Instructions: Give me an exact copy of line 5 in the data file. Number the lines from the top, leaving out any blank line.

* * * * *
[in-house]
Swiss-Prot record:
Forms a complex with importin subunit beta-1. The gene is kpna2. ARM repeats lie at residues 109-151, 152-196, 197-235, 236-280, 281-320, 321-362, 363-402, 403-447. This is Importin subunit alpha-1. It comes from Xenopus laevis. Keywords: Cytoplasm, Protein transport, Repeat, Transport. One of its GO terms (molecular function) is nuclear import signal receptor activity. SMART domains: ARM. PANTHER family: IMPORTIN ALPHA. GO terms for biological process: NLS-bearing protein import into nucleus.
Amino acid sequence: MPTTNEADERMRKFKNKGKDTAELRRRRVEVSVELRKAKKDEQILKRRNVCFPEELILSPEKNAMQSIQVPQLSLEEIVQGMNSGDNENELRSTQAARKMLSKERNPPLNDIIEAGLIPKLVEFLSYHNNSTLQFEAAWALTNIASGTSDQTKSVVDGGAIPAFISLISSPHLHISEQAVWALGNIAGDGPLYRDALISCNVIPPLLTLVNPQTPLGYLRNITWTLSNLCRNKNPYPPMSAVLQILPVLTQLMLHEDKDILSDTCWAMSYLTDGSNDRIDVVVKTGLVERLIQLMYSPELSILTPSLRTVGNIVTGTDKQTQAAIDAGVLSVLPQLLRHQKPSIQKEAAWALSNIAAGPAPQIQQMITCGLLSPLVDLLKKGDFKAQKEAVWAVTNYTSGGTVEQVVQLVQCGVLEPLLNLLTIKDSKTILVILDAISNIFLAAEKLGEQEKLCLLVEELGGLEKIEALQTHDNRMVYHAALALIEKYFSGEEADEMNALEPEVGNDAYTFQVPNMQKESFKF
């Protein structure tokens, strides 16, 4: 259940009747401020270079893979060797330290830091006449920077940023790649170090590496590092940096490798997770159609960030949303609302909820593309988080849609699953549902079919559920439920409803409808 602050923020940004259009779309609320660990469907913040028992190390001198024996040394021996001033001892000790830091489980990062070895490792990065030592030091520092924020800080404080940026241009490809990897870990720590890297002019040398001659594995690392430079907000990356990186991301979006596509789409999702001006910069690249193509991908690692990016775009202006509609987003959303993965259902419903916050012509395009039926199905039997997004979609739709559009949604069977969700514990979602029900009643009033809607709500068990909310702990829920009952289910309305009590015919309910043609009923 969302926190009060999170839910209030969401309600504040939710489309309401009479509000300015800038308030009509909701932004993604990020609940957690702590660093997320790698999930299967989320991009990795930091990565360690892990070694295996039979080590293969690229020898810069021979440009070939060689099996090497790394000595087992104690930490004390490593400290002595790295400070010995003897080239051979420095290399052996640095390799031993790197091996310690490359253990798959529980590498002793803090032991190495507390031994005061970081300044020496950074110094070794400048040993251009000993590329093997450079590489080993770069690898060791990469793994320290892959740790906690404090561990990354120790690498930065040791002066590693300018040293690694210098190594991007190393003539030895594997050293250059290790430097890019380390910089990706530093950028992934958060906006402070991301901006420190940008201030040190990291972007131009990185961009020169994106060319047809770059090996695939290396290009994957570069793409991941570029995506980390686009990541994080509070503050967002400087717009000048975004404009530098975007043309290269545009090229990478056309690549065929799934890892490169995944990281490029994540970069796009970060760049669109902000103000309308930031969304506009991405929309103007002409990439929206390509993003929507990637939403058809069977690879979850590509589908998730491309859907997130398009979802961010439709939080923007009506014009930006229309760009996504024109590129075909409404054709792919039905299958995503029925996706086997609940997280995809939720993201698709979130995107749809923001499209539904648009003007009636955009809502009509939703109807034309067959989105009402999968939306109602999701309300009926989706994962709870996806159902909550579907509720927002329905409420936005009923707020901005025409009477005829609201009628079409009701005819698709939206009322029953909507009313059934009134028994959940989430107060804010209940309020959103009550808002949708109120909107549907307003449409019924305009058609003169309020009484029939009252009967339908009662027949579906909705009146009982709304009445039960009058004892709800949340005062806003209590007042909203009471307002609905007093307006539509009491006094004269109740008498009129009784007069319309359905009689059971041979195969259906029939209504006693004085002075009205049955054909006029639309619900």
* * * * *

């Protein structure tokens, strides 16, 4: 259940009747401020270079893979060797330290830091006449920077940023790649170090590496590092940096490798997770159609960030949303609302909820593309988080849609699953549902079919559920439920409803409808 602050923020940004259009779309609320660990469907913040028992190390001198024996040394021996001033001892000790830091489980990062070895490792990065030592030091520092924020800080404080940026241009490809990897870990720590890297002019040398001659594995690392430079907000990356990186991301979006596509789409999702001006910069690249193509991908690692990016775009202006509609987003959303993965259902419903916050012509395009039926199905039997997004979609739709559009949604069977969700514990979602029900009643009033809607709500068990909310702990829920009952289910309305009590015919309910043609009923 969302926190009060999170839910209030969401309600504040939710489309309401009479509000300015800038308030009509909701932004993604990020609940957690702590660093997320790698999930299967989320991009990795930091990565360690892990070694295996039979080590293969690229020898810069021979440009070939060689099996090497790394000595087992104690930490004390490593400290002595790295400070010995003897080239051979420095290399052996640095390799031993790197091996310690490359253990798959529980590498002793803090032991190495507390031994005061970081300044020496950074110094070794400048040993251009000993590329093997450079590489080993770069690898060791990469793994320290892959740790906690404090561990990354120790690498930065040791002066590693300018040293690694210098190594991007190393003539030895594997050293250059290790430097890019380390910089990706530093950028992934958060906006402070991301901006420190940008201030040190990291972007131009990185961009020169994106060319047809770059090996695939290396290009994957570069793409991941570029995506980390686009990541994080509070503050967002400087717009000048975004404009530098975007043309290269545009090229990478056309690549065929799934890892490169995944990281490029994540970069796009970060760049669109902000103000309308930031969304506009991405929309103007002409990439929206390509993003929507990637939403058809069977690879979850590509589908998730491309859907997130398009979802961010439709939080923007009506014009930006229309760009996504024109590129075909409404054709792919039905299958995503029925996706086997609940997280995809939720993201698709979130995107749809923001499209539904648009003007009636955009809502009509939703109807034309067959989105009402999968939306109602999701309300009926989706994962709870996806159902909550579907509720927002329905409420936005009923707020901005025409009477005829609201009628079409009701005819698709939206009322029953909507009313059934009134028994959940989430107060804010209940309020959103009550808002949708109120909107549907307003449409019924305009058609003169309020009484029939009252009967339908009662027949579906909705009146009982709304009445039960009058004892709800949340005062806003209590007042909203009471307002609905007093307006539509009491006094004269109740008498009129009784007069319309359905009689059971041979195969259906029939209504006693004085002075009205049955054909006029639309619900």